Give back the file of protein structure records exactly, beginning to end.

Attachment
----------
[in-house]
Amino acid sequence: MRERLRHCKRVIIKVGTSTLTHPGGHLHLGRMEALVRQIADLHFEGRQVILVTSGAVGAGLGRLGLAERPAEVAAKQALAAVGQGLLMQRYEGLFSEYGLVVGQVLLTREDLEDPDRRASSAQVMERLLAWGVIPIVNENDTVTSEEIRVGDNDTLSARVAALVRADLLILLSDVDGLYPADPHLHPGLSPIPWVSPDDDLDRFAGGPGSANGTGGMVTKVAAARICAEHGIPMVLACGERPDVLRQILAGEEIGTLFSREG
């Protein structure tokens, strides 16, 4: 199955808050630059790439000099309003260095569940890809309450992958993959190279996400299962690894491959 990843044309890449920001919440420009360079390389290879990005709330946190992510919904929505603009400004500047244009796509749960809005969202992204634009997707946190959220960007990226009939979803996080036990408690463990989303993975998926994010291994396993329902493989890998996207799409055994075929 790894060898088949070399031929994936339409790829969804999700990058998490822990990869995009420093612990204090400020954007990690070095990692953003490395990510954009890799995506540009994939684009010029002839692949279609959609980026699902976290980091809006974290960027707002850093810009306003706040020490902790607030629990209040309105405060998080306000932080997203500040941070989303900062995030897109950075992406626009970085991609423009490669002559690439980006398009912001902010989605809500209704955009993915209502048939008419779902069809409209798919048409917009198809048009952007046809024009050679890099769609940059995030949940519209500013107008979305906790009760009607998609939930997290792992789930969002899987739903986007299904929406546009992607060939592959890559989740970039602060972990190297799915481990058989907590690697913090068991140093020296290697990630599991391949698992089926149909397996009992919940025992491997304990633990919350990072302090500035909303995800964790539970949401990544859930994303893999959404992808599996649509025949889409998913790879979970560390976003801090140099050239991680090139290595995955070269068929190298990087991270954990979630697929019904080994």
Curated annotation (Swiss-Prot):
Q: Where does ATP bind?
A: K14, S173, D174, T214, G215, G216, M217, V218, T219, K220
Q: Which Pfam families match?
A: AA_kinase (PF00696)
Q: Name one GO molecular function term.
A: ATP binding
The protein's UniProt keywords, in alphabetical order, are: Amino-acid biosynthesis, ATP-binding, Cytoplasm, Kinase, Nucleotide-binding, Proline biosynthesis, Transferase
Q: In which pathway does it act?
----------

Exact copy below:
[in-house]
Amino acid sequence: MRERLRHCKRVIIKVGTSTLTHPGGHLHLGRMEALVRQIADLHFEGRQVILVTSGAVGAGLGRLGLAERPAEVAAKQALAAVGQGLLMQRYEGLFSEYGLVVGQVLLTREDLEDPDRRASSAQVMERLLAWGVIPIVNENDTVTSEEIRVGDNDTLSARVAALVRADLLILLSDVDGLYPADPHLHPGLSPIPWVSPDDDLDRFAGGPGSANGTGGMVTKVAAARICAEHGIPMVLACGERPDVLRQILAGEEIGTLFSREG
């Protein structure tokens, strides 16, 4: 199955808050630059790439000099309003260095569940890809309450992958993959190279996400299962690894491959 990843044309890449920001919440420009360079390389290879990005709330946190992510919904929505603009400004500047244009796509749960809005969202992204634009997707946190959220960007990226009939979803996080036990408690463990989303993975998926994010291994396993329902493989890998996207799409055994075929 790894060898088949070399031929994936339409790829969804999700990058998490822990990869995009420093612990204090400020954007990690070095990692953003490395990510954009890799995506540009994939684009010029002839692949279609959609980026699902976290980091809006974290960027707002850093810009306003706040020490902790607030629990209040309105405060998080306000932080997203500040941070989303900062995030897109950075992406626009970085991609423009490669002559690439980006398009912001902010989605809500209704955009993915209502048939008419779902069809409209798919048409917009198809048009952007046809024009050679890099769609940059995030949940519209500013107008979305906790009760009607998609939930997290792992789930969002899987739903986007299904929406546009992607060939592959890559989740970039602060972990190297799915481990058989907590690697913090068991140093020296290697990630599991391949698992089926149909397996009992919940025992491997304990633990919350990072302090500035909303995800964790539970949401990544859930994303893999959404992808599996649509025949889409998913790879979970560390976003801090140099050239991680090139290595995955070269068929190298990087991270954990979630697929019904080994």
Curated annotation (Swiss-Prot):
Q: Where does ATP bind?
A: K14, S173, D174, T214, G215, G216, M217, V218, T219, K220
Q: Which Pfam families match?
A: AA_kinase (PF00696)
Q: Name one GO molecular function term.
A: ATP binding
The protein's UniProt keywords, in alphabetical order, are: Amino-acid biosynthesis, ATP-binding, Cytoplasm, Kinase, Nucleotide-binding, Proline biosynthesis, Transferase
Q: In which pathway does it act?